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Fr. Bob’s Homily for Sunday, February 28, 2021

Back in England a few years ago, a Christian prayer group, led by a friend of mine, used to hold their meetings in a room upstairs in a pub.

As they weekly filed through the public bar to go upstairs, they couldn’t help noticing the forlorn figure of a man sitting at the bar, drinking scotch after scotch, never talking to anyone, just immersed in his personal cloud of misery. This especially bothered a young member of the prayer group, who started praying regularly for him, and wondered how to approach him to offer help. One day, he felt God tell him a personal message to give to this man. But it was a difficult message which did not make sense to the young person. However, after being encouraged by the prayer group leader, this young man summoned up all his courage and went over to the man by the bar, leant over towards him and whispered in his ear: “God says to you: ‘I killed my son also.’”

At these words, this man who had sat day by day, week by week, month by month alone at that bar, drinking himself to death, suddenly broke apart and started sobbing and sobbing his heart out. It turned out that he had been a collector of guns and he was showing his young son a rifle he had, when it accidentally went off and killed him. He had never, of course, been able to get over what he had done, until he heard those words spoken in his ear by that young Christian, and he was finally able to forgive himself and begin to live again. 

I killed my son also.”

We will never be able to understand our first reading today, Abraham’s  near-sacrifice of Isaac or, indeed, to grasp the significance of Christ’s sacrifice on the cross, until we come to terms with what those words mean. First of all, Abraham lived among pagan nations, and was himself a product of such paganism, where the prevailing belief was that gods were to be obeyed and placated, above all by sacrificing to them the most precious thing you had, in most cases this would be your sons and daughters, especially your first-born. Abraham probably thought, given this cultural background, that the God who had appeared to him out of the blue and promised to make him a great nation and give him and his wife a son, even though they were both too far advanced in age for this, this God, Yahweh, was the same as all these other gods. He also demanded, after fulfilling his promise to give Abraham a son, that this son, Isaac, be sacrificed. It makes no sense to us, but it would have made perfect sense to the people of Abraham’s time, and to Abraham himself. Yahweh was his God, his God had created everything there was, therefore everything and everyone belonged first and foremost to God. God had the perfect right to demand Abraham sacrifice his most precious thing, his only son, and Abraham was determined to obey. If you read the whole story, you notice that Abraham does not stop to talk to anyone about this, not Isaac himself, nor his servants, not even his wife, Sarah. There is no-one therefore, available to talk him out of it and you and I probably know men and women who are good people, faithful people, but they get an idea in their heads, especially in terms of faith, and nothing and no-one are able to change their mind. In this case, God himself has to step in at the last moment and save Isaac by staying Abraham’s hand.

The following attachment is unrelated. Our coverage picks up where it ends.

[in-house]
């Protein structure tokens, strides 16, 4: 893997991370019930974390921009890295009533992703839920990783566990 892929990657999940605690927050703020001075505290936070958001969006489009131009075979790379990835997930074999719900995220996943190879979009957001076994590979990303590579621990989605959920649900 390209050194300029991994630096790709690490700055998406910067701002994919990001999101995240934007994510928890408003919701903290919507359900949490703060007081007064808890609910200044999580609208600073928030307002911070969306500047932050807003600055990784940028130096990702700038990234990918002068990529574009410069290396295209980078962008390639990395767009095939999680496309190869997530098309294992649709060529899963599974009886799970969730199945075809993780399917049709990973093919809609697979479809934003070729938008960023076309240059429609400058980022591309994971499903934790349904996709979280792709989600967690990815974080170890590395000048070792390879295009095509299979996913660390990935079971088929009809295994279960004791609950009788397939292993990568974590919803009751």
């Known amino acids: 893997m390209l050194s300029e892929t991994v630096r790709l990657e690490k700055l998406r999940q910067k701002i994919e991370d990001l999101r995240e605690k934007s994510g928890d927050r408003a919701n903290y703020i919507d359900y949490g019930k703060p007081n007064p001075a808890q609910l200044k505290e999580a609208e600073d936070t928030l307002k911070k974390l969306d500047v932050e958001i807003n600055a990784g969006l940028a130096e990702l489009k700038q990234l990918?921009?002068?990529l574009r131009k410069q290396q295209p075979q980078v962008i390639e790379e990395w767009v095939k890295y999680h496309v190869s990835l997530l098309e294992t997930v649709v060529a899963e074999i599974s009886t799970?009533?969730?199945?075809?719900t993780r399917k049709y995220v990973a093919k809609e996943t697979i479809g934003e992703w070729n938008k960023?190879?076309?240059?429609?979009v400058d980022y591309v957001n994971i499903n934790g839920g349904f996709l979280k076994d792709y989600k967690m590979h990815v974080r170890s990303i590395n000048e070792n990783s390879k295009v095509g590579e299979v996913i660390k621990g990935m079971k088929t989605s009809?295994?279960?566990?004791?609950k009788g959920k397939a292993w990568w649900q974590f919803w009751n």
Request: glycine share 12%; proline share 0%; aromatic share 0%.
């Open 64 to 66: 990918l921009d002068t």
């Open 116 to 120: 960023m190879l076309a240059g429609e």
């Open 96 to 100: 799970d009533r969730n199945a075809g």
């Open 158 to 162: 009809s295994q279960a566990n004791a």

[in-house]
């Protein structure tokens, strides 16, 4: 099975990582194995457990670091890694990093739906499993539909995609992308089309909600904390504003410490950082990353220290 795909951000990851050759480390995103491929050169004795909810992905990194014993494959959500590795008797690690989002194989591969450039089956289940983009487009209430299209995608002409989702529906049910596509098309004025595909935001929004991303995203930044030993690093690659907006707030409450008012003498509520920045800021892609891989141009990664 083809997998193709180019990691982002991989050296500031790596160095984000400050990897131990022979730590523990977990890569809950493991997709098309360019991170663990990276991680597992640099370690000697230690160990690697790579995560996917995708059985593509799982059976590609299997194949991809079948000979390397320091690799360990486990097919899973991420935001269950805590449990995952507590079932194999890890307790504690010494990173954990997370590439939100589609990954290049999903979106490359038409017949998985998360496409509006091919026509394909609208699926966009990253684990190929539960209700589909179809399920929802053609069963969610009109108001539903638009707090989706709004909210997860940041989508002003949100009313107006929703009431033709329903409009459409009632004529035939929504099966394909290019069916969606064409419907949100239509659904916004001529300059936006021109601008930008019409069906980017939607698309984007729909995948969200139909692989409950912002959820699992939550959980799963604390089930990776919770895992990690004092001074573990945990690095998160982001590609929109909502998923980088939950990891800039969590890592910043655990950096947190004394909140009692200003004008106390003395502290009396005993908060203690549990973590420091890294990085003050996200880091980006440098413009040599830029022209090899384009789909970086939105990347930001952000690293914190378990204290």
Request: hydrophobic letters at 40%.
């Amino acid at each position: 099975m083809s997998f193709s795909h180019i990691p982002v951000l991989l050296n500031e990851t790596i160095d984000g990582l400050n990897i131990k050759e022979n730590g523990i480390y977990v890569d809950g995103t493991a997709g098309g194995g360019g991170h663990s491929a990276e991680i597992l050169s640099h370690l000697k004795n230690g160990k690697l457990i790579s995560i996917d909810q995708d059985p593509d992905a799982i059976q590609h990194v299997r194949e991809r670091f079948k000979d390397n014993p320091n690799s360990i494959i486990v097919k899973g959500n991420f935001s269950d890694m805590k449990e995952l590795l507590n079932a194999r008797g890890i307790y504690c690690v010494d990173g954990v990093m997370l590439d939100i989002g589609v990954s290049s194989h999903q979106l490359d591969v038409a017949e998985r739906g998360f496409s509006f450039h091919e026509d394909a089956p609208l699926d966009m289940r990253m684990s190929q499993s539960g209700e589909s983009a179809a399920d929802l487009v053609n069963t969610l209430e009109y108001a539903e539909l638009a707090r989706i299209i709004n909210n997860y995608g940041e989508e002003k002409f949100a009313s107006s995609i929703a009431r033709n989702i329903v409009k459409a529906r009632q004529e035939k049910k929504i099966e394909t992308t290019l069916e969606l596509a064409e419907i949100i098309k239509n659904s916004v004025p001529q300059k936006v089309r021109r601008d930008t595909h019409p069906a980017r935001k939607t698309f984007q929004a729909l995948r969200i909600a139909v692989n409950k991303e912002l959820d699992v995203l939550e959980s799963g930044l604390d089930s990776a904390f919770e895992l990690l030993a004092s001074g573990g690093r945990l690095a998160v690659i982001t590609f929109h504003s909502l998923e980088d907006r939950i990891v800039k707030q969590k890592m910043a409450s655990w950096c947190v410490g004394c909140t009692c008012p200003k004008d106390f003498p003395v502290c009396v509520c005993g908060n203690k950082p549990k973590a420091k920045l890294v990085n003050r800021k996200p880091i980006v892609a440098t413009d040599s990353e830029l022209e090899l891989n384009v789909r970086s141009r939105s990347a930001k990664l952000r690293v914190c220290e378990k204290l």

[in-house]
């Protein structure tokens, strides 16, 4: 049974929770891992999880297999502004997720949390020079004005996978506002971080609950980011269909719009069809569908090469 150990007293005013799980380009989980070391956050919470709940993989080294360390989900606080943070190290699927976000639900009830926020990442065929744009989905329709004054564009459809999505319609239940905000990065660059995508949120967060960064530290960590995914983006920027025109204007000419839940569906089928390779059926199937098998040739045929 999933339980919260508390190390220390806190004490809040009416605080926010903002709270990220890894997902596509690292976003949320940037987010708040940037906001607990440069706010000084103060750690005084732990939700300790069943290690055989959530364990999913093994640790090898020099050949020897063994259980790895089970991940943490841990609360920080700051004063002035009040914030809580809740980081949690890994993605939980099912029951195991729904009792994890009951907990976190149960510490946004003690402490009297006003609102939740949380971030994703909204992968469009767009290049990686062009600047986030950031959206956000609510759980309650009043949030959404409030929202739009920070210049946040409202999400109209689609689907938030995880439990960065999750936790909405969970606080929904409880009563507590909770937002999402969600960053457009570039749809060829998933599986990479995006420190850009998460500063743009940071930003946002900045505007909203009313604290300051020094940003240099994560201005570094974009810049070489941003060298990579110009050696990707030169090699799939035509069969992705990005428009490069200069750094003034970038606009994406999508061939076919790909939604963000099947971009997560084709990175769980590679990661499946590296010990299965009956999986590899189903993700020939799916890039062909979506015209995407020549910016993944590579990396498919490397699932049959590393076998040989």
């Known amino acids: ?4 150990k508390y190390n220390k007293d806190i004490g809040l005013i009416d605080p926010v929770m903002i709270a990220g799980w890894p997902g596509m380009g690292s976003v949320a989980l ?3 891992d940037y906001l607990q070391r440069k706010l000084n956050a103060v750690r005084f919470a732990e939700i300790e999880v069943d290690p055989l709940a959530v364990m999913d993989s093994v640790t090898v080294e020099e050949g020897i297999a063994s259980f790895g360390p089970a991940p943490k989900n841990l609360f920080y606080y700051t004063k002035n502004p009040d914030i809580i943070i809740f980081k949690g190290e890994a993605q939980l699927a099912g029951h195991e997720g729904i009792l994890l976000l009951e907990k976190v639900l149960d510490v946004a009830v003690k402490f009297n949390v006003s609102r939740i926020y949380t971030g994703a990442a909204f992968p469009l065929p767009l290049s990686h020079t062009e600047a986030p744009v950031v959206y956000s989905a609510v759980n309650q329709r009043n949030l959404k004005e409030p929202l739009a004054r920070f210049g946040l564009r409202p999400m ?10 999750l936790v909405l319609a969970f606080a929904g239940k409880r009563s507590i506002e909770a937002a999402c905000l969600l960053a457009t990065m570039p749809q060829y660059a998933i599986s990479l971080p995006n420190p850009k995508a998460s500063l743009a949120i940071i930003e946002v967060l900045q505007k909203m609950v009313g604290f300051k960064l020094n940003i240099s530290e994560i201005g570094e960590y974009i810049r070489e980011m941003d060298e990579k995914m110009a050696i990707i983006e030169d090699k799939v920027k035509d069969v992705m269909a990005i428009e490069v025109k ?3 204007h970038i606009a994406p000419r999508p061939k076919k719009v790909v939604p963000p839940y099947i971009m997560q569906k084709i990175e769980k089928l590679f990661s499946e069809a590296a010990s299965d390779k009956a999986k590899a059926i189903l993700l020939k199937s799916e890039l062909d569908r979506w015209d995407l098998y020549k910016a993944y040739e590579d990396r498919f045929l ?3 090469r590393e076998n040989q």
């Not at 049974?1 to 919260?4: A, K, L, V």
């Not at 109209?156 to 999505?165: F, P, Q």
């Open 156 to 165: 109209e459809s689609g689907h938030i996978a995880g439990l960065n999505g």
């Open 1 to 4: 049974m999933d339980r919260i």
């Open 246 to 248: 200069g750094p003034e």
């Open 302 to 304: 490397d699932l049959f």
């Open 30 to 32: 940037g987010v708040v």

God’s words to Abraham at this point are a masterpiece of tenderness and yet correction. In essence, he says to him, “Abraham, I bless your willingness to follow your sincerely-held belief even to the absolute end of killing your son. But you must understand that I am not at all like the other gods around you. This is not ever what I want from my people. Human sacrifice is abhorrent to me. If you want to offer me something, offer me an animal in sacrifice. But ultimately what I want from my faithful ones is the sacrifice of their hearts in loving obedience to me.”